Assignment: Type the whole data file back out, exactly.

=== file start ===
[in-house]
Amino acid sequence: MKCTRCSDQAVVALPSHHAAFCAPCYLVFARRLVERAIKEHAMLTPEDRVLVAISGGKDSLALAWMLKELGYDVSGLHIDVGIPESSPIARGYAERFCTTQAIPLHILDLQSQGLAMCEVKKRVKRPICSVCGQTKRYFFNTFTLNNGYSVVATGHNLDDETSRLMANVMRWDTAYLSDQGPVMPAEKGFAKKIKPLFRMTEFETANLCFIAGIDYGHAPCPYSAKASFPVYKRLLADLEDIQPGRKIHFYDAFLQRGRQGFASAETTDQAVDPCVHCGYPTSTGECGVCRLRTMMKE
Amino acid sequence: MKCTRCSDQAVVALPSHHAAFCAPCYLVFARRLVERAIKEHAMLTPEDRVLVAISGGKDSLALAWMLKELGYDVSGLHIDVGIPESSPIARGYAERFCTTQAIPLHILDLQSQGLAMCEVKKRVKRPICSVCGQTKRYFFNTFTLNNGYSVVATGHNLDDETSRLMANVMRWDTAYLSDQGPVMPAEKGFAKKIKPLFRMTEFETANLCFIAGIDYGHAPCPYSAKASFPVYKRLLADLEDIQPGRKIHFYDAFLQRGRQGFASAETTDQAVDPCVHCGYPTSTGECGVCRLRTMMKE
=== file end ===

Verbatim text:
[in-house]
Amino acid sequence: MKCTRCSDQAVVALPSHHAAFCAPCYLVFARRLVERAIKEHAMLTPEDRVLVAISGGKDSLALAWMLKELGYDVSGLHIDVGIPESSPIARGYAERFCTTQAIPLHILDLQSQGLAMCEVKKRVKRPICSVCGQTKRYFFNTFTLNNGYSVVATGHNLDDETSRLMANVMRWDTAYLSDQGPVMPAEKGFAKKIKPLFRMTEFETANLCFIAGIDYGHAPCPYSAKASFPVYKRLLADLEDIQPGRKIHFYDAFLQRGRQGFASAETTDQAVDPCVHCGYPTSTGECGVCRLRTMMKE
Amino acid sequence: MKCTRCSDQAVVALPSHHAAFCAPCYLVFARRLVERAIKEHAMLTPEDRVLVAISGGKDSLALAWMLKELGYDVSGLHIDVGIPESSPIARGYAERFCTTQAIPLHILDLQSQGLAMCEVKKRVKRPICSVCGQTKRYFFNTFTLNNGYSVVATGHNLDDETSRLMANVMRWDTAYLSDQGPVMPAEKGFAKKIKPLFRMTEFETANLCFIAGIDYGHAPCPYSAKASFPVYKRLLADLEDIQPGRKIHFYDAFLQRGRQGFASAETTDQAVDPCVHCGYPTSTGECGVCRLRTMMKE